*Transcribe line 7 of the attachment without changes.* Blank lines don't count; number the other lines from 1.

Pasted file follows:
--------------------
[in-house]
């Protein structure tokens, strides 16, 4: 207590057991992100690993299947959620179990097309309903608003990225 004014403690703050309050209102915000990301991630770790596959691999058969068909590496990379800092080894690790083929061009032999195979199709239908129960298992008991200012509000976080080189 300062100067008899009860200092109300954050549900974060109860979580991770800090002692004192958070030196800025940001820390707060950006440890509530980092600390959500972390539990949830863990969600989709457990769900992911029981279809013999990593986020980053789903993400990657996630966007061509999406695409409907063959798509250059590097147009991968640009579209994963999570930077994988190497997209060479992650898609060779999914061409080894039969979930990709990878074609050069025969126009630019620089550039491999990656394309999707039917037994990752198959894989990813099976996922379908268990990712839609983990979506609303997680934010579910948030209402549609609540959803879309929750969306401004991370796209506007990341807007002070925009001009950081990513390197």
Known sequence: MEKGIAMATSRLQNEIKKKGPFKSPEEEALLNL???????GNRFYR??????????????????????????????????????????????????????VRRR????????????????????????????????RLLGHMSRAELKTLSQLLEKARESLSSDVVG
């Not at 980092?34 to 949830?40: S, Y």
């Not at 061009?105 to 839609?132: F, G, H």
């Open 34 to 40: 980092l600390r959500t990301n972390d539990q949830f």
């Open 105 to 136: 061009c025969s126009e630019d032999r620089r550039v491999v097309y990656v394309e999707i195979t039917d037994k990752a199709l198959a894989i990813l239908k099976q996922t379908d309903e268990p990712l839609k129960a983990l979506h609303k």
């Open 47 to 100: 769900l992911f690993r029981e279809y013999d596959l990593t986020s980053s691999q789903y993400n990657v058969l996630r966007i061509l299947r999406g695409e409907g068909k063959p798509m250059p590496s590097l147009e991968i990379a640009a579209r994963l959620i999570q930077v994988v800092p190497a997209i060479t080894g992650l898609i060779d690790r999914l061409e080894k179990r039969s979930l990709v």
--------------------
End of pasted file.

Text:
């Open 105 to 136: 061009c025969s126009e630019d032999r620089r550039v491999v097309y990656v394309e999707i195979t039917d037994k990752a199709l198959a894989i990813l239908k099976q996922t379908d309903e268990p990712l839609k129960a983990l979506h609303k």